The 403 drove on the same 1290cc engine as the 203, but it also had a bored out version using a 1468cc. As a result, the car was very lively. In 1956, Peugeot introduced an estate model that could be specified with 8 seats organized in three rows. The company also offered a Decapotable cabriolet model from 1956 to 1963, but in limited supply. The overall rugged build and solidity of the 403 made it extremely popular around the world. In a way, the car had a slight resemblance to the elegant Mercedes-Benz 190 in terms of shape, size, and performance. The only difference was in the engines, economics, and suspensions. In its first year in America, Peugeot sold a staggering 6867 units. And the number had already reached 15,787 by 1959. The figures convinced the company to stay in the American market.

4. 1993 Peugeot 306

In 1993, Peugeot finally decided to test the waters in the family hatchback sector. This was manifested in the form of the 306. As it turned out, this would become one of the most popular Peugeot models of all time. Under the hood, the car ran a wide range of engine options. Apart from the earlier 1.4, 1.6, and 1.8 liter petrol units, the car also offered both turbocharged and normally aspirated 1.9-liter diesel engines.

In February the following year, Peugeot introduced three-door versions as well as 2-liter petrol engine S16 and XSi hatchbacks, rated at 155bhp and 123bhp respectively. The S16 was later replaced by the faster GTi-6 model. In 1997, the line received a significant facelift, incorporating a new nose, extra equipment, and slight adjustments at the back. Every model now offered power steering as a standard feature. The range also received a new 1.8-liter 16v engine generating 112bhp. Next came the estate edition, with virtually the same trim levels and engine options as its predecessors.

5. 2005 Peugeot 407 2.7 Coupe

The 407 saloon was generally produced as a successor of the Peugeot 406. Introduced in 2005, the car featured a bold new design with a gaping grille and an elongated nose. The coupe version, on the other hand, went a different direction. It boasted extended overhangs and a broader track, and was more conventional looking than the saloon version. It came with elegant leather seats, which were set lower and further back when compared to the saloon. The steering wheel was also dressed in leather. There were separately sculpted seats for rear passengers. In terms of specifications, the 407 used petrol via a 2.7-liter turbo-diesel, a 3-liter V6, or a 2.2-liter four cylinder engine. The V6, which was already successful in the Land Rover and Jaguar installations, represented a significant advancement in diesel technology, economy, torque, and mixing power.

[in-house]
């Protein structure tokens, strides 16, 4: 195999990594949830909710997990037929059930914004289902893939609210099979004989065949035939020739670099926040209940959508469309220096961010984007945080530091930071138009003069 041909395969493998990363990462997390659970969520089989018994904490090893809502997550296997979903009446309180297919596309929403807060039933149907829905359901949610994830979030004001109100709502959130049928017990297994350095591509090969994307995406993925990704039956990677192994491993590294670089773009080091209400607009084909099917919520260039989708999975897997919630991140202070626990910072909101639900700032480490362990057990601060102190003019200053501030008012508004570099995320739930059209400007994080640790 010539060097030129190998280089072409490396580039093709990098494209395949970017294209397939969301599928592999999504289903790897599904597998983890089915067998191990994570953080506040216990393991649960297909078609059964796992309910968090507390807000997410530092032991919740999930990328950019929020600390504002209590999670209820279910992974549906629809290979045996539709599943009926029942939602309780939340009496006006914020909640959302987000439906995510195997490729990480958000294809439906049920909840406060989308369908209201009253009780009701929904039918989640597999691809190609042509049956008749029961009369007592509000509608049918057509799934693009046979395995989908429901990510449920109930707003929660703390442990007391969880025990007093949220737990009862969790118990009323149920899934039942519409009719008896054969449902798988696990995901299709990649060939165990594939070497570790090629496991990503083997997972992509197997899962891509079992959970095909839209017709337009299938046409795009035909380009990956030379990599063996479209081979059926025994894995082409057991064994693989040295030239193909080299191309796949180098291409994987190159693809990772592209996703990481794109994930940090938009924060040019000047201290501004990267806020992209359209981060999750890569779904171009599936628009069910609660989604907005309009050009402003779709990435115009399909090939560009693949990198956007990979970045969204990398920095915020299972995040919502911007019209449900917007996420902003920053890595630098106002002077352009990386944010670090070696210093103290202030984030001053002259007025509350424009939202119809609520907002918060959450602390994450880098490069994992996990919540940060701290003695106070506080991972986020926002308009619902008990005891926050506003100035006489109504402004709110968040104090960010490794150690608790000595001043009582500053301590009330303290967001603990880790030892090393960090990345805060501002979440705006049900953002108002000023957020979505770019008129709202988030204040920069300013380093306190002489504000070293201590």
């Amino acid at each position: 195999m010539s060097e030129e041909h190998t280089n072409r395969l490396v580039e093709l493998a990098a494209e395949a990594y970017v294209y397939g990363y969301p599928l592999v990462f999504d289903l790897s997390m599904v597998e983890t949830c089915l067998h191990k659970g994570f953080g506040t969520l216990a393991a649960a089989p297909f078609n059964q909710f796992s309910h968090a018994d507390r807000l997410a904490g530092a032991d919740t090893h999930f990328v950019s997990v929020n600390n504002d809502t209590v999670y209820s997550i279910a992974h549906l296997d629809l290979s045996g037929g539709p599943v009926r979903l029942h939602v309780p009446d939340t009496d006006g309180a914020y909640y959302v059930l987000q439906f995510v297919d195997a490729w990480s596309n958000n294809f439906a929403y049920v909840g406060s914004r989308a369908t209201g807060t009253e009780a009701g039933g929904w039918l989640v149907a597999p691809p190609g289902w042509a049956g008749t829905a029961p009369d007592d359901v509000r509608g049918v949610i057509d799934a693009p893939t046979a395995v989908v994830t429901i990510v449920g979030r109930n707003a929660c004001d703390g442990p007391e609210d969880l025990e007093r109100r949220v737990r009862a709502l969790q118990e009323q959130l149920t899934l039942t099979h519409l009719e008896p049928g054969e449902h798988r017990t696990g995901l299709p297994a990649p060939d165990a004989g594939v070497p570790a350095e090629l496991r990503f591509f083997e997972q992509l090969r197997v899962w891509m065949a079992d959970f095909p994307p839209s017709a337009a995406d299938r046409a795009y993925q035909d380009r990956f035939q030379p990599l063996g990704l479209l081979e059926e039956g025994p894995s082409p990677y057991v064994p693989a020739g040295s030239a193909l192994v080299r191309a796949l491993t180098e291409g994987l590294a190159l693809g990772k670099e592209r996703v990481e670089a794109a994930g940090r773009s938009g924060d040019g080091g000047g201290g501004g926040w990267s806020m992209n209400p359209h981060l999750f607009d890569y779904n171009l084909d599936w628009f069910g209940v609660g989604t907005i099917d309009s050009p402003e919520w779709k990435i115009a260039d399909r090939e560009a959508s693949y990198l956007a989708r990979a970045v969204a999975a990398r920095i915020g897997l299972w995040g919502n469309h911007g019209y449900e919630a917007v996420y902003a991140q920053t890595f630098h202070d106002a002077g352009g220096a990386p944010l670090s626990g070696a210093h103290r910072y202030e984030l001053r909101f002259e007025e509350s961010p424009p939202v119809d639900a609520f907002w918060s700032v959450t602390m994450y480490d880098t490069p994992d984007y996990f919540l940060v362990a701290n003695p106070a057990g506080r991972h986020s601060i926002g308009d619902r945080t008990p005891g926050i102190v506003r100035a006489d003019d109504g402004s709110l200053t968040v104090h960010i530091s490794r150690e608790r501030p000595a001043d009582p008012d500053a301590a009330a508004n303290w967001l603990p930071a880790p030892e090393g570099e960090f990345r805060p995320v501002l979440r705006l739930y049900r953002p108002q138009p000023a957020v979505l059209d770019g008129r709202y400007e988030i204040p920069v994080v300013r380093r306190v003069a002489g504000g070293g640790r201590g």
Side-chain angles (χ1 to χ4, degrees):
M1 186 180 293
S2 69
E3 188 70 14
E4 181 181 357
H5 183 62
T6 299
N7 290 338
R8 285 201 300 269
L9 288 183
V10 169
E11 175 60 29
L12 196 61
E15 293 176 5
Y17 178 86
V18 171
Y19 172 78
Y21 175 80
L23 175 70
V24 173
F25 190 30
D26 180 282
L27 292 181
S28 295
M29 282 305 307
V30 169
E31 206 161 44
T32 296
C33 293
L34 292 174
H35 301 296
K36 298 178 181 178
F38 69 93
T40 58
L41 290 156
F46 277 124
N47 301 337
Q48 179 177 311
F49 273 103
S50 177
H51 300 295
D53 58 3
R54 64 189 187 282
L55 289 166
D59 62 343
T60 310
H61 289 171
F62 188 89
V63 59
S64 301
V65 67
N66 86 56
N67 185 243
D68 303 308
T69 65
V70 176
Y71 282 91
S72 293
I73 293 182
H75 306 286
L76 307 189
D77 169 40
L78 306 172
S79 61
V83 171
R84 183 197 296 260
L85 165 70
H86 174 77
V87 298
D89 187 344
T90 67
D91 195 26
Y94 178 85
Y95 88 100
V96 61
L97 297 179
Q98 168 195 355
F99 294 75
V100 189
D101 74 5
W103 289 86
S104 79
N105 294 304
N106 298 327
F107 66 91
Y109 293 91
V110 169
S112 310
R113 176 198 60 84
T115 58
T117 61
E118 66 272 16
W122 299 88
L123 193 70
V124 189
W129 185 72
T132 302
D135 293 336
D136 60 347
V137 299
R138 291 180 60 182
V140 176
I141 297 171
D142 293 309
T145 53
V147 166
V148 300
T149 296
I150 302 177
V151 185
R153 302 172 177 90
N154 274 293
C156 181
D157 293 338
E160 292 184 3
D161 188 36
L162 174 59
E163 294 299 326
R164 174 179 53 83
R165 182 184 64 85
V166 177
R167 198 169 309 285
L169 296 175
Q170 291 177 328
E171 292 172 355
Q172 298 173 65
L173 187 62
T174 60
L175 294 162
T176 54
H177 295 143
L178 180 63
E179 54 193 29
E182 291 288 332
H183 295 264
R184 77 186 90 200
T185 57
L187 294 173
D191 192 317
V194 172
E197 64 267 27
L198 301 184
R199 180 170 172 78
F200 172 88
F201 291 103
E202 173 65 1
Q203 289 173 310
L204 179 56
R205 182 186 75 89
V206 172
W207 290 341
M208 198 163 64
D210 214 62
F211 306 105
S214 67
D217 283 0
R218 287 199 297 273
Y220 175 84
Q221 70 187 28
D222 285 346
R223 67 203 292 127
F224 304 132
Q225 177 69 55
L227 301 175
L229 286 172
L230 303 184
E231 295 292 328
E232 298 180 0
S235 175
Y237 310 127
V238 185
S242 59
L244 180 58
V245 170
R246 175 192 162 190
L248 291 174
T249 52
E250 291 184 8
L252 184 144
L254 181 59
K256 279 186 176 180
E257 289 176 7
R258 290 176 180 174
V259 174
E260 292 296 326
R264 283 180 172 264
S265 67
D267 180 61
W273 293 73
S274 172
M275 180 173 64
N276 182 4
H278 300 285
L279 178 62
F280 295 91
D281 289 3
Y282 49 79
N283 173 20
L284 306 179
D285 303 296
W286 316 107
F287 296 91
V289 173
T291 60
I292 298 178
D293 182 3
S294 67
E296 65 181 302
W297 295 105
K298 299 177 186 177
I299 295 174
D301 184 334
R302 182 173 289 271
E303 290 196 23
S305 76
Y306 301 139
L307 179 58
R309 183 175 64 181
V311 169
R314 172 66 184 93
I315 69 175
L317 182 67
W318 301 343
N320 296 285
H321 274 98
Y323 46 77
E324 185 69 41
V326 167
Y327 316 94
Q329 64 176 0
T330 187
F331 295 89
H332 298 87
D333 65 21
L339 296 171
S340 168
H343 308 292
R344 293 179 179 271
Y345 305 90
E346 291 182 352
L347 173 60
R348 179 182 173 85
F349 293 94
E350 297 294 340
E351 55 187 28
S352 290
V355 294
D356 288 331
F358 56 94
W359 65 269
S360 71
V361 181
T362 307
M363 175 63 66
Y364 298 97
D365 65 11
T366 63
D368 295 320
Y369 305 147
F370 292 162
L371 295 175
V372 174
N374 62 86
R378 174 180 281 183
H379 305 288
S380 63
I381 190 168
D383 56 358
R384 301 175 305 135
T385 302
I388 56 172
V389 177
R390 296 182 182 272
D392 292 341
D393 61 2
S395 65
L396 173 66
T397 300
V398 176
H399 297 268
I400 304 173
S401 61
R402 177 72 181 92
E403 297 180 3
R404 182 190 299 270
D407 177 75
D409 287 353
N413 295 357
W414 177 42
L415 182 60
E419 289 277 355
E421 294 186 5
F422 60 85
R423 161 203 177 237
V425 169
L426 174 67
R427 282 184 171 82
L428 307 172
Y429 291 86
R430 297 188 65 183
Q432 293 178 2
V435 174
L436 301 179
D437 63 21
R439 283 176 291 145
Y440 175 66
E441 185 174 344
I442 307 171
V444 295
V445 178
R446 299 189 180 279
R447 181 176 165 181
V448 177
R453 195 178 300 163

Only 1kg shy of 1800 in weight, the 407 had a pleasant handling but fell slightly short in the brakes when it came to precision driving. On the other hand, the car was surprisingly sweet to ride on the motorway. The other quandary was in its price tag. With an asking price of around $32,000, the 407 coupe was steeply priced and faced stern competition from other established brands. But Peugeot was known for its unique cars and that was its main selling point. Despite offering almost the same conveniences as the BMW and Mercedes models, Peugeot managed to remain true to itself, incorporating its own unique niche into the automobile market. Even now, more than a decade later, the Peugeot 407 continues to grace our streets, now more refined than ever before.